Advice from West Virginians on making positive change in your community


28 West Virginians met today as part of the Community Coaching Fellowship initiative. These leaders are growing their skills in supporting residents across the state in sparking community-led progress.

We heard from three people who have led this kind of work in their own communities: Lori McKinney of The Riff Raff Collective and Princeton Renaissance Project (from Princeton); Kenzie New-Walker of the WV Mine Wars Museum (from Matewan); and Stacy Raffo of the WV Community Development Hub and Richwood Rising (from Richwood).

About her experience getting more deeply involved in Matewan, Kenzie New-Walker shared, “I saw the momentum that was building up, and I wanted to help people chase that. I wanted to help people meet their goals.”

Here are 5 pieces of advice we heard today in response to the question: What are some of the challenges or struggles that you have faced along the road, and what do you know now that you wished you would have known before?

1. There is a tendency to want to spring into action when you have an idea.

Don’t work alone. Slow down and be mindful of the people you can collaborate with and learn from. This is even more important now that we can’t be face to face as often. Emphasize building 1-on-1 relationships. Identify the people who can support you with your ideas – both within your community as cheerleaders and fellow volunteers and outside of your community as technical experts, funders, and others.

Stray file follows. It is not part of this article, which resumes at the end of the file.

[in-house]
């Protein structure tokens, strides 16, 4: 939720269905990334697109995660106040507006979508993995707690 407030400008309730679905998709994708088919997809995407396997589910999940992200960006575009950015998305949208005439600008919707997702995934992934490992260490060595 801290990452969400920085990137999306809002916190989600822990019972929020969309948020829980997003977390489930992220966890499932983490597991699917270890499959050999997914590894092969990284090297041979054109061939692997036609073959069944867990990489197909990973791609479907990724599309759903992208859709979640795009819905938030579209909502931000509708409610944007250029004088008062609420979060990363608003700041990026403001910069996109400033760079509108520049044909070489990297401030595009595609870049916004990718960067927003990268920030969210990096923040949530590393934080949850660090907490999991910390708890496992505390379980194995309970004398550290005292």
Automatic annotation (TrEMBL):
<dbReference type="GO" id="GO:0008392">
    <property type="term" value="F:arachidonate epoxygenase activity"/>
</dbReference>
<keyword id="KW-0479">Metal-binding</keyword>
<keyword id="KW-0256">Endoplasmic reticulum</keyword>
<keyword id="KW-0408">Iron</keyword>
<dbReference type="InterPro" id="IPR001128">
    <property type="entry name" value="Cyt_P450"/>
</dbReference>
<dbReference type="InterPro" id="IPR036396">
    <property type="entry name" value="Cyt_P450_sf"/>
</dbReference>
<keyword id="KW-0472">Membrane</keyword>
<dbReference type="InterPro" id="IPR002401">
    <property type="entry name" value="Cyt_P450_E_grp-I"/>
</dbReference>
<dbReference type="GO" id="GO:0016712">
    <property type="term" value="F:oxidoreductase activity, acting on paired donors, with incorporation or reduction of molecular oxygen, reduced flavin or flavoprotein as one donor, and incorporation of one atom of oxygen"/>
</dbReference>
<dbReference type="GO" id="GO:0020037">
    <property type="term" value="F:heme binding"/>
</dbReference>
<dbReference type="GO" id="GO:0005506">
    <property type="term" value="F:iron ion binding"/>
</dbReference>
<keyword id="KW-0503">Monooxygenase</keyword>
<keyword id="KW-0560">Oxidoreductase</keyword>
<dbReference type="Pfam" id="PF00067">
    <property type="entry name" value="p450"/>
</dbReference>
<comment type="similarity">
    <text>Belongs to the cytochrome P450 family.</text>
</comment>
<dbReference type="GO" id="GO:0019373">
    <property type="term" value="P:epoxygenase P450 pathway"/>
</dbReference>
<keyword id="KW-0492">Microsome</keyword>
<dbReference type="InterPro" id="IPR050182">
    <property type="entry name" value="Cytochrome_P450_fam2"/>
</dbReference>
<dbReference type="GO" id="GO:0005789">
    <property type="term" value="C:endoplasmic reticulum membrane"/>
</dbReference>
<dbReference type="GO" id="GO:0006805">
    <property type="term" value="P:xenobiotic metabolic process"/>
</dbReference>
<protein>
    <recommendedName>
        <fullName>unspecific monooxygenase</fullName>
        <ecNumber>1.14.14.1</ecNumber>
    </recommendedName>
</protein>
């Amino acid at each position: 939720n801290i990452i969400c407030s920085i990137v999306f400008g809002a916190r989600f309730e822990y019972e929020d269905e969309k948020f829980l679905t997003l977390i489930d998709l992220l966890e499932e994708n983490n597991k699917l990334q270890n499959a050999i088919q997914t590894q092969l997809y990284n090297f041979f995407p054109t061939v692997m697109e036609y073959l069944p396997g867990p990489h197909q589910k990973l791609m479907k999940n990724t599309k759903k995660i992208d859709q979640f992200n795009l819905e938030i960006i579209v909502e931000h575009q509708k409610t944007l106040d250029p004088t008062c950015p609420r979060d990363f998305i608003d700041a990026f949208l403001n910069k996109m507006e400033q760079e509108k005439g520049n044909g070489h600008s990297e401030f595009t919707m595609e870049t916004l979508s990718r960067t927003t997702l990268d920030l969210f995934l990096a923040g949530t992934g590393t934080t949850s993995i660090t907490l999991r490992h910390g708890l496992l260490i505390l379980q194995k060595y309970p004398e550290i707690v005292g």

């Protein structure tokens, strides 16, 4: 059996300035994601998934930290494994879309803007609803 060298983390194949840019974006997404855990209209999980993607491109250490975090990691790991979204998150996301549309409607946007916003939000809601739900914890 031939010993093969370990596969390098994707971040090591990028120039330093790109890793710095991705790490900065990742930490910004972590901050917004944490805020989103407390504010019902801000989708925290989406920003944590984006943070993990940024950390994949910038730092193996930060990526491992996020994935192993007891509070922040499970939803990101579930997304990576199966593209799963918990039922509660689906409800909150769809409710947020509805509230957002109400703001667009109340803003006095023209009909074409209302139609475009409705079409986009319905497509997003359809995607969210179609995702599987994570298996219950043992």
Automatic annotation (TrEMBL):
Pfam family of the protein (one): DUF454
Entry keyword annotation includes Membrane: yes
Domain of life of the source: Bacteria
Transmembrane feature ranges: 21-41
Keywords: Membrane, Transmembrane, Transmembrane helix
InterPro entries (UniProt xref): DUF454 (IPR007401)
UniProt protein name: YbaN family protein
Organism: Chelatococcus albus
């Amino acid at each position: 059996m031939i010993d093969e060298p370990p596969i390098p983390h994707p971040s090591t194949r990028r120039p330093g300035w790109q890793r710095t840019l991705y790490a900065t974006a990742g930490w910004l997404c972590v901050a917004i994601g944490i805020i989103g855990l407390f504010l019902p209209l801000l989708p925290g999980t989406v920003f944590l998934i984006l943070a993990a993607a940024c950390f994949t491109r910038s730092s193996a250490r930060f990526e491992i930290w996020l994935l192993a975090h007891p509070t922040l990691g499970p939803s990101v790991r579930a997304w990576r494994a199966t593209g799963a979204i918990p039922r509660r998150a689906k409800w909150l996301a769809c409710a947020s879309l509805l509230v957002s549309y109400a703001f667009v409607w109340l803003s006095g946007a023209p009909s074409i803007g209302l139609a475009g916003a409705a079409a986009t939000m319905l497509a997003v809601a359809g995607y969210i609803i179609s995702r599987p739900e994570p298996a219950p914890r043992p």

2. You can’t do it all.

It can be easy to fall into a place of thinking that you need to hold all of the pieces of the work in order to make it successful. Share responsibility with others, and work to share your knowledge with others so that they are empowered to do the work on their own.

3. Your town may not be what it once was, but it can be a great town again.

Often, we can fall into a place of thinking that our towns will never be as great as they once were in a bygone era. While it is important to honor our history, we can’t move forward by keeping our eyes solely on the rearview mirror. 

4. Acknowledge different perspectives in the room, and cultivate a space of respect for all perspectives.

Each person’s experience has value. Have the courage to push back or add a new line of thinking if a perspective being shared does not match your own experience. It’s also the responsibility of people who don’t share that perspective to respect and honor experiences that are different from their own. Let’s build a better future, together. 

5. It is easy to let negative feedback affect you personally, especially when those interactions happen online.

Even if you make positive changes, you may get negative feedback. Remember to keep your focus on the solutions and positive perspectives, and that can be your forcefield. Build in ways to support one another as you hear negative feedback, and build in ways to process critical feedback that may be helpful in shaping or changing what your work may look like in the future.

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